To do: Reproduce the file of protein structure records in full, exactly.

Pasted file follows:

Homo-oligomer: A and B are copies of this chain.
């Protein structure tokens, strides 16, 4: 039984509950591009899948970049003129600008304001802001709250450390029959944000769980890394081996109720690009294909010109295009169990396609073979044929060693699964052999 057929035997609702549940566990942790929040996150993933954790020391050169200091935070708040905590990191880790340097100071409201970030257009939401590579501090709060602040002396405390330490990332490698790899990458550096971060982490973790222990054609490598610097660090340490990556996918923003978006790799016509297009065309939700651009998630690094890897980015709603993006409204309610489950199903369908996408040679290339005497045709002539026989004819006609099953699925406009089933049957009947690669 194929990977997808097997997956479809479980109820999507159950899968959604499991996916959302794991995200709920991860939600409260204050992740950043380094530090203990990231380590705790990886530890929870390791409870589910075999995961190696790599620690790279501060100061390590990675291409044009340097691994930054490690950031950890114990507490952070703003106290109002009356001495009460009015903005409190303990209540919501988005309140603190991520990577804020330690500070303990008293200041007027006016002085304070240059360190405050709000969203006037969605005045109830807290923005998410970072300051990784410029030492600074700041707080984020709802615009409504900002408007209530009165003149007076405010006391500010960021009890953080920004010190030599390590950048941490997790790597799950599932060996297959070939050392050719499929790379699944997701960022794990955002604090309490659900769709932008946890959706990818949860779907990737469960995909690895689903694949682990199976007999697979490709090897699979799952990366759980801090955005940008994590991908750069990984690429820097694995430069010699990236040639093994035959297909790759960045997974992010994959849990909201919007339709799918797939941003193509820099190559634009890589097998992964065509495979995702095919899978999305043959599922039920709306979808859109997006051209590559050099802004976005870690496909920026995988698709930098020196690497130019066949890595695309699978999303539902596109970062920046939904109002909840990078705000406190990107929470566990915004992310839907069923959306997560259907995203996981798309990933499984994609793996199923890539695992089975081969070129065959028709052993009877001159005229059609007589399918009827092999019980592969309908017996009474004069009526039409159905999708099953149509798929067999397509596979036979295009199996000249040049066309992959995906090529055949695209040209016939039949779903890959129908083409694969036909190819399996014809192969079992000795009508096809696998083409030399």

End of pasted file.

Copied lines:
Homo-oligomer: A and B are copies of this chain.
């Protein structure tokens, strides 16, 4: 039984509950591009899948970049003129600008304001802001709250450390029959944000769980890394081996109720690009294909010109295009169990396609073979044929060693699964052999 057929035997609702549940566990942790929040996150993933954790020391050169200091935070708040905590990191880790340097100071409201970030257009939401590579501090709060602040002396405390330490990332490698790899990458550096971060982490973790222990054609490598610097660090340490990556996918923003978006790799016509297009065309939700651009998630690094890897980015709603993006409204309610489950199903369908996408040679290339005497045709002539026989004819006609099953699925406009089933049957009947690669 194929990977997808097997997956479809479980109820999507159950899968959604499991996916959302794991995200709920991860939600409260204050992740950043380094530090203990990231380590705790990886530890929870390791409870589910075999995961190696790599620690790279501060100061390590990675291409044009340097691994930054490690950031950890114990507490952070703003106290109002009356001495009460009015903005409190303990209540919501988005309140603190991520990577804020330690500070303990008293200041007027006016002085304070240059360190405050709000969203006037969605005045109830807290923005998410970072300051990784410029030492600074700041707080984020709802615009409504900002408007209530009165003149007076405010006391500010960021009890953080920004010190030599390590950048941490997790790597799950599932060996297959070939050392050719499929790379699944997701960022794990955002604090309490659900769709932008946890959706990818949860779907990737469960995909690895689903694949682990199976007999697979490709090897699979799952990366759980801090955005940008994590991908750069990984690429820097694995430069010699990236040639093994035959297909790759960045997974992010994959849990909201919007339709799918797939941003193509820099190559634009890589097998992964065509495979995702095919899978999305043959599922039920709306979808859109997006051209590559050099802004976005870690496909920026995988698709930098020196690497130019066949890595695309699978999303539902596109970062920046939904109002909840990078705000406190990107929470566990915004992310839907069923959306997560259907995203996981798309990933499984994609793996199923890539695992089975081969070129065959028709052993009877001159005229059609007589399918009827092999019980592969309908017996009474004069009526039409159905999708099953149509798929067999397509596979036979295009199996000249040049066309992959995906090529055949695209040209016939039949779903890959129908083409694969036909190819399996014809192969079992000795009508096809696998083409030399």